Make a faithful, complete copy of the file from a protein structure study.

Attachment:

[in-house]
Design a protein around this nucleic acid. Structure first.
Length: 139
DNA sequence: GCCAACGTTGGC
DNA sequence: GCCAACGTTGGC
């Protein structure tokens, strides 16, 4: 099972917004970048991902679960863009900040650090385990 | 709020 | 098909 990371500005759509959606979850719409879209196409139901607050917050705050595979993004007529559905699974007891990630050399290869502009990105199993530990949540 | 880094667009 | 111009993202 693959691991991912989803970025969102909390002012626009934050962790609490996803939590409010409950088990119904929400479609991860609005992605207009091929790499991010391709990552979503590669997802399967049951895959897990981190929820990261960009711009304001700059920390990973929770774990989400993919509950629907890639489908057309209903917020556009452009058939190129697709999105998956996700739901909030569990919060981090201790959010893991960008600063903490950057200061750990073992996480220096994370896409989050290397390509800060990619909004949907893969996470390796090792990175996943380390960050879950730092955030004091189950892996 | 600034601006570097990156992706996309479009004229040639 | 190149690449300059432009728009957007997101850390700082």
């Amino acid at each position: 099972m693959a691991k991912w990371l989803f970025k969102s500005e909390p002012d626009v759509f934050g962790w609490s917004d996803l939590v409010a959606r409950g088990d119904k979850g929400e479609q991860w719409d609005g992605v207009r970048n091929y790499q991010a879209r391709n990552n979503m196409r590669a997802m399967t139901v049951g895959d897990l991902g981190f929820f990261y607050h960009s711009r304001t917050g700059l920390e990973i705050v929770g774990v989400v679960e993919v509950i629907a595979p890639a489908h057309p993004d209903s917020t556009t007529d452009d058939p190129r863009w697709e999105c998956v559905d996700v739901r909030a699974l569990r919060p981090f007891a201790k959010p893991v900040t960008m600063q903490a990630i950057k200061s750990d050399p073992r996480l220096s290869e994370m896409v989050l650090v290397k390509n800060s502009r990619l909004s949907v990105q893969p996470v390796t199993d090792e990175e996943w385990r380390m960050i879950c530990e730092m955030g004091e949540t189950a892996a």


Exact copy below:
[in-house]
Design a protein around this nucleic acid. Structure first.
Length: 139
DNA sequence: GCCAACGTTGGC
DNA sequence: GCCAACGTTGGC
């Protein structure tokens, strides 16, 4: 099972917004970048991902679960863009900040650090385990 | 709020 | 098909 990371500005759509959606979850719409879209196409139901607050917050705050595979993004007529559905699974007891990630050399290869502009990105199993530990949540 | 880094667009 | 111009993202 693959691991991912989803970025969102909390002012626009934050962790609490996803939590409010409950088990119904929400479609991860609005992605207009091929790499991010391709990552979503590669997802399967049951895959897990981190929820990261960009711009304001700059920390990973929770774990989400993919509950629907890639489908057309209903917020556009452009058939190129697709999105998956996700739901909030569990919060981090201790959010893991960008600063903490950057200061750990073992996480220096994370896409989050290397390509800060990619909004949907893969996470390796090792990175996943380390960050879950730092955030004091189950892996 | 600034601006570097990156992706996309479009004229040639 | 190149690449300059432009728009957007997101850390700082």
């Amino acid at each position: 099972m693959a691991k991912w990371l989803f970025k969102s500005e909390p002012d626009v759509f934050g962790w609490s917004d996803l939590v409010a959606r409950g088990d119904k979850g929400e479609q991860w719409d609005g992605v207009r970048n091929y790499q991010a879209r391709n990552n979503m196409r590669a997802m399967t139901v049951g895959d897990l991902g981190f929820f990261y607050h960009s711009r304001t917050g700059l920390e990973i705050v929770g774990v989400v679960e993919v509950i629907a595979p890639a489908h057309p993004d209903s917020t556009t007529d452009d058939p190129r863009w697709e999105c998956v559905d996700v739901r909030a699974l569990r919060p981090f007891a201790k959010p893991v900040t960008m600063q903490a990630i950057k200061s750990d050399p073992r996480l220096s290869e994370m896409v989050l650090v290397k390509n800060s502009r990619l909004s949907v990105q893969p996470v390796t199993d090792e990175e996943w385990r380390m960050i879950c530990e730092m955030g004091e949540t189950a892996a």